The history of phrases can be kind of cool.
I ran into the phrase “off the chain” in a Josephine Tey novel, “Miss Pym Disposes.” That book, while definitely “of the time”, is one of my favorites. It’s set at a girls Physical Training school and is narrated by a friend of the headmistress who happens to have written a popular psychology text. She’s attentive to the psychology of both the students and the staff, and minutely aware of the stresses of both, especially when dealing with examinations, the final gymnastics routines and the contemplation of future plum posts. Apparently, these institutions existed in the 1940s, along with dancing lessons and voluble manners and vaguely Italian gigolo-types with twee moustaches. This happens to be a crime novel, but no crime happens for a great deal of the book. In any case, the crime may be interesting, but it’s the analysis of the mundane and everyday and how it can affect an entire life that makes the book infinitely more interesting. A surprising twist right on the last page always helps, and with it a definite sadness. After the fall, one realizes that the title is sparse, effectual and right on the money.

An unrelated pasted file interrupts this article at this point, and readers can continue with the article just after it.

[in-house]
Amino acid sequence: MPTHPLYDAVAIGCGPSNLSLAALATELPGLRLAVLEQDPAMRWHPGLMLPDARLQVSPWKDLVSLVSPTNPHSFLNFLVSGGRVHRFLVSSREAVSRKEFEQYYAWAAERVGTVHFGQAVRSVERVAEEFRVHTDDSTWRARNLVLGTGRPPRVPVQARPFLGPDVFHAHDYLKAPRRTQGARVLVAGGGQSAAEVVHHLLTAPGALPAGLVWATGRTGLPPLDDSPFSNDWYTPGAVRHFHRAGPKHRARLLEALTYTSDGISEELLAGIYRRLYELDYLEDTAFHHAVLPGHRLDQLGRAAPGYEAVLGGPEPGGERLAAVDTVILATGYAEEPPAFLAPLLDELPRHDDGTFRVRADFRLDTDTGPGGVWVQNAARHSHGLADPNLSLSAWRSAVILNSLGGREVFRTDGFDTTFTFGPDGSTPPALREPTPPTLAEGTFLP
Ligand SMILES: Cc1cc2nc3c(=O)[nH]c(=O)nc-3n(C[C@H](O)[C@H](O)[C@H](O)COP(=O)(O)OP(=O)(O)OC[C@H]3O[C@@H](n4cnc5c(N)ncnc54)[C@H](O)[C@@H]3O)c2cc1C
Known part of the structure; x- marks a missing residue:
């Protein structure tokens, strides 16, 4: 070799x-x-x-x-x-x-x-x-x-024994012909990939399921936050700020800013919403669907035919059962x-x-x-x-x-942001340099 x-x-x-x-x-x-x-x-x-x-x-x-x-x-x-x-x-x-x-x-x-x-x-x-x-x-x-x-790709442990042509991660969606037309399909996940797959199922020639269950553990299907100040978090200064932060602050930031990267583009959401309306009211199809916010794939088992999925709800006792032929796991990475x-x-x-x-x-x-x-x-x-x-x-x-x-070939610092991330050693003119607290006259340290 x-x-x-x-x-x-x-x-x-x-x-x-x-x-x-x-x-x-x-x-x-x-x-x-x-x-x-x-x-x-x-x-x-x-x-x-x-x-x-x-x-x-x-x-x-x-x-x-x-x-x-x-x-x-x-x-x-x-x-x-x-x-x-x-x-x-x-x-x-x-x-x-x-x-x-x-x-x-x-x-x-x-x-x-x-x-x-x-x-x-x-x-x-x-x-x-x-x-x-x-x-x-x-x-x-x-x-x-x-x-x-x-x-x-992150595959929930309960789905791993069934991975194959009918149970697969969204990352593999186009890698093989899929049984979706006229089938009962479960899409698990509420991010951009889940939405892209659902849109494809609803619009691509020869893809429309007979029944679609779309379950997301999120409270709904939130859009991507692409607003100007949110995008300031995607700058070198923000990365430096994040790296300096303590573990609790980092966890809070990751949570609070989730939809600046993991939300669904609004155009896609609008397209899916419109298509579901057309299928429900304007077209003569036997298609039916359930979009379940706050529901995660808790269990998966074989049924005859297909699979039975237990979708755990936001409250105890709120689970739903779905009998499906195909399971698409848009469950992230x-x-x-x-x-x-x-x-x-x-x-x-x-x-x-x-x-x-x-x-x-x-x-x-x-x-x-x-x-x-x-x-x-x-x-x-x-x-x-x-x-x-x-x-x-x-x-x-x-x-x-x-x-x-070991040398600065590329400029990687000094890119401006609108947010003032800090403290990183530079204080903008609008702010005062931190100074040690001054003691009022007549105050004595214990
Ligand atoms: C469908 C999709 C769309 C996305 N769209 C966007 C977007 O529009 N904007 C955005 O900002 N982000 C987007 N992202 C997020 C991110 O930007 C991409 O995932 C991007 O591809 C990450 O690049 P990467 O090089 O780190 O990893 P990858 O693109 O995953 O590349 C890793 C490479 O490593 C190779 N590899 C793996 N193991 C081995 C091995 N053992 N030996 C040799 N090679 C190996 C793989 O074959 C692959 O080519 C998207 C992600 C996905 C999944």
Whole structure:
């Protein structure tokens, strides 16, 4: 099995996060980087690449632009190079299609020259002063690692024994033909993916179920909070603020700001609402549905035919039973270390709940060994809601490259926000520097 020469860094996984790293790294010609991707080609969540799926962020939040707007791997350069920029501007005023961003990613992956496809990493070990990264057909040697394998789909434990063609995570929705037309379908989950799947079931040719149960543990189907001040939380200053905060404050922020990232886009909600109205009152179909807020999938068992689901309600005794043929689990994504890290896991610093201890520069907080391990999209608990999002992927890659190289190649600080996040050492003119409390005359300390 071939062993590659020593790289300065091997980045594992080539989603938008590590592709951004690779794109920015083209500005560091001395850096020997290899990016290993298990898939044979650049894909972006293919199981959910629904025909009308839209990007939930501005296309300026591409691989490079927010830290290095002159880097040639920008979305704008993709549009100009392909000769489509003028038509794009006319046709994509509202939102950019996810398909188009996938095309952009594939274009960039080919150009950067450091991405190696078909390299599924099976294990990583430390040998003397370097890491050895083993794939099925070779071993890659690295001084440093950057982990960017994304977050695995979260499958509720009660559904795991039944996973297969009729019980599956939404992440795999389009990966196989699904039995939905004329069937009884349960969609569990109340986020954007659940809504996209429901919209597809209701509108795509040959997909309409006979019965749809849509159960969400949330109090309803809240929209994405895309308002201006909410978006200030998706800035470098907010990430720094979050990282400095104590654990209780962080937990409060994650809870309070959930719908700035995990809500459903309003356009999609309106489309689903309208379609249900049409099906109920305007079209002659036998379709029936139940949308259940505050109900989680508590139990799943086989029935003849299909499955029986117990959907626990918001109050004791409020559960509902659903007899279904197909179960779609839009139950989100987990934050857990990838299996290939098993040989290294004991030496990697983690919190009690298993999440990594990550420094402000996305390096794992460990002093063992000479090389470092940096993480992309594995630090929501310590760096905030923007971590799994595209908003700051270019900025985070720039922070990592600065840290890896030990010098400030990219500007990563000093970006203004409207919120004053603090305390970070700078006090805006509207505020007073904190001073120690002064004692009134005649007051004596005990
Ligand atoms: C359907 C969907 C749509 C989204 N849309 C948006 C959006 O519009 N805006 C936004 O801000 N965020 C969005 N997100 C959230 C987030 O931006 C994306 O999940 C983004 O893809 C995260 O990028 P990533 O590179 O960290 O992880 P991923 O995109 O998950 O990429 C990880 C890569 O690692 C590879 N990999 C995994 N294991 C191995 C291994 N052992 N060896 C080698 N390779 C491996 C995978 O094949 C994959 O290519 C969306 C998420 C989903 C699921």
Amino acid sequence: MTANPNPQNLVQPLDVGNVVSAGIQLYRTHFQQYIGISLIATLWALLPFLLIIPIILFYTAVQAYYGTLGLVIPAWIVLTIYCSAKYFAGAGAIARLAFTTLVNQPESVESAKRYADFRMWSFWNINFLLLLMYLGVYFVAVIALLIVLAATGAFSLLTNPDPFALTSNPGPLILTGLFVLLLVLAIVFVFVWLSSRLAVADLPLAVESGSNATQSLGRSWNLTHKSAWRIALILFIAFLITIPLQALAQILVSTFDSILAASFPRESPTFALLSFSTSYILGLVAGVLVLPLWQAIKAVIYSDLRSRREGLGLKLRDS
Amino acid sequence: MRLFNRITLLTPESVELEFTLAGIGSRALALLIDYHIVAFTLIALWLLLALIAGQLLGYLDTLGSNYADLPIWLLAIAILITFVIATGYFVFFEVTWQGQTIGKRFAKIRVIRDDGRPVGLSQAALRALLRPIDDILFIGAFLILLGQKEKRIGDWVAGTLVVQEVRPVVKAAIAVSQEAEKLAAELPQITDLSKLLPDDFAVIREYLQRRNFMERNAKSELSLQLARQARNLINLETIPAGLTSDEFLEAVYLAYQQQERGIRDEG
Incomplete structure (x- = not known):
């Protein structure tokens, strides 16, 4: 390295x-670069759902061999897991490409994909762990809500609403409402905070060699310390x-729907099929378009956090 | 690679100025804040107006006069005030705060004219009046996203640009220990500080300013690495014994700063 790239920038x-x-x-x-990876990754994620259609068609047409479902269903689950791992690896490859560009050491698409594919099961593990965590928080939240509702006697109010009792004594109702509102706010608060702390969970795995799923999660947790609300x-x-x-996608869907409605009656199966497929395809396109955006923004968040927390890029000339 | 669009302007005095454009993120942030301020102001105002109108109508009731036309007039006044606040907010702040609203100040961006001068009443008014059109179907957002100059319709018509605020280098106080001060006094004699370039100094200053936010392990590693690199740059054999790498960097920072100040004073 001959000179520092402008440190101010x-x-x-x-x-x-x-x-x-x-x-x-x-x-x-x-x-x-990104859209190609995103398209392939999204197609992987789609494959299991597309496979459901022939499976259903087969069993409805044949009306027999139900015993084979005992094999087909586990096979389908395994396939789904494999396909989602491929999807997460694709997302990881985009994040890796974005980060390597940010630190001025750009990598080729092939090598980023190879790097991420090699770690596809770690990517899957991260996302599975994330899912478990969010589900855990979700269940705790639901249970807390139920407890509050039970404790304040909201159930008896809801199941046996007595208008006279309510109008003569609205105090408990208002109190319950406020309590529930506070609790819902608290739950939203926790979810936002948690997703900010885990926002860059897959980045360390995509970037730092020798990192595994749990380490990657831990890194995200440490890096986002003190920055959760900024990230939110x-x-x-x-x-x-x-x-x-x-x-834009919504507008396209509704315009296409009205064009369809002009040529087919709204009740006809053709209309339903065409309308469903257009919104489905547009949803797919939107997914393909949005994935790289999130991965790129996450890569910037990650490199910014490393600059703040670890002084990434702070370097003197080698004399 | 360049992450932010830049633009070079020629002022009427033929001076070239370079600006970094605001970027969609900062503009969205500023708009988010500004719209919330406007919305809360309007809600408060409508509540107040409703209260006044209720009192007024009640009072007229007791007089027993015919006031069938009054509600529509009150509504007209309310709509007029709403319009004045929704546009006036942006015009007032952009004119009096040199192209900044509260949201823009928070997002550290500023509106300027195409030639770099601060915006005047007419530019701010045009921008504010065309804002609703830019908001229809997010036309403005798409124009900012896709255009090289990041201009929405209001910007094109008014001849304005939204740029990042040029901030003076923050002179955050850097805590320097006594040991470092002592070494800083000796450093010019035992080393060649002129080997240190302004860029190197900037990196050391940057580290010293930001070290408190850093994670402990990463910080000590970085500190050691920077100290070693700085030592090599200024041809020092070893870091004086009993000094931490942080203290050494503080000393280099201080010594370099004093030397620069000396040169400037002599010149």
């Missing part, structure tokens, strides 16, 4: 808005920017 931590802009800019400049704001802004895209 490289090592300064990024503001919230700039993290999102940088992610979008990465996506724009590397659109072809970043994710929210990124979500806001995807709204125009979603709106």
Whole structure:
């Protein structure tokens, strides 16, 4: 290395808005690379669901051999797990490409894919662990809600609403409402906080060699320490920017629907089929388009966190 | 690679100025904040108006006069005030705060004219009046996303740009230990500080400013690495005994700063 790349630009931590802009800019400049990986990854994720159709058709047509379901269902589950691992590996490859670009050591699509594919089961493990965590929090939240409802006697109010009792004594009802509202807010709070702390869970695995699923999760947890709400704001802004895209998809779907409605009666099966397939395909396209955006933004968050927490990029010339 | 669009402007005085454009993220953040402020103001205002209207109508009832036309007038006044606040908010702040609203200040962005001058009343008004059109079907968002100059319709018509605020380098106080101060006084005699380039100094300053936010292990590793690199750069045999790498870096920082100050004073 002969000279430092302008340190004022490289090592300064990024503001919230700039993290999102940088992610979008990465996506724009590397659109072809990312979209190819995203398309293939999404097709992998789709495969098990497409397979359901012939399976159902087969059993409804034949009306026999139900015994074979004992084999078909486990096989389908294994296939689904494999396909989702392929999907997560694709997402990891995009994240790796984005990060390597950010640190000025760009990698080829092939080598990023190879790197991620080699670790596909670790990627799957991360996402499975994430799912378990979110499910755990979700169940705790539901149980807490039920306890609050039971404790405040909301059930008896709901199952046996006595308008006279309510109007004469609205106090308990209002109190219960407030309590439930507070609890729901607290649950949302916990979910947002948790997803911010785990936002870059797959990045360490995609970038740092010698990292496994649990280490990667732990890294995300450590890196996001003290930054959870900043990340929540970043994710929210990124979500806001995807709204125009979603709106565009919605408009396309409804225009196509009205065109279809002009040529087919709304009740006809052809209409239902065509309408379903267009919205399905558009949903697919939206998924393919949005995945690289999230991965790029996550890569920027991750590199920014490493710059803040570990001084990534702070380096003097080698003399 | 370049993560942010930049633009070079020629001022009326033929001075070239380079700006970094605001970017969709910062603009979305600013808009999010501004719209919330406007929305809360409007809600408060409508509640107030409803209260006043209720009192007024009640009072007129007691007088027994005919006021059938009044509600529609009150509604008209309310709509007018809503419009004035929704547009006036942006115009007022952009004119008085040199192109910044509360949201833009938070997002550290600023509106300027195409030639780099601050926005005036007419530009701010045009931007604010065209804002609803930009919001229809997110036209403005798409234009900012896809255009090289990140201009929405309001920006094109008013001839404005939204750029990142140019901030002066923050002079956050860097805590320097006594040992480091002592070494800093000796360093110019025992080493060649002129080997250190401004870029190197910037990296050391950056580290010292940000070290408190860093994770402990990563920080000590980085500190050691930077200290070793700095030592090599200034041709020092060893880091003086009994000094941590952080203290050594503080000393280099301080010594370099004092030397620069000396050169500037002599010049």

That’s not the point, however. I was trying to discuss the phrase “off the chain.” Let’s look it up.
“off the chain” – free from work or direct supervision. in reference to slave labor, where workers are chained, or to the figurative chain of workers of an assembly line.
First written use: 1912, The Windsor Magazine, an Illustrated Monthly for Men and Women. ‘
“Here,” said Wigmore, “no bickering tonight, and no politics either. I’m off the chain, and we’re going to take you out to dinner at Oddy’s, and a theatre.”’
Previous to this, my impression was that the phrase was a development off of the late 90’s “off the hook.” Apparently, there’s nothing new under the sun. So much so that Urban Dictionary and even many other sources believe it’s a modern phrase. The phrase may be (like) SO 90s (foshizzle), but that centenarian got the drop on you (son) for this one. (off the heezy! word.) For the nitpickers – yes, the usage is very slightly different these days. It used to mean “fun because we were not watched” and now it’s just more of a generic “super fun,” but the intent is markedly similar. Personally, I’m gonna go with “they’re the same, so just live with it.” Nice to know that old things can get reborn, like a phoenix from the ashes. Off the chain, yo!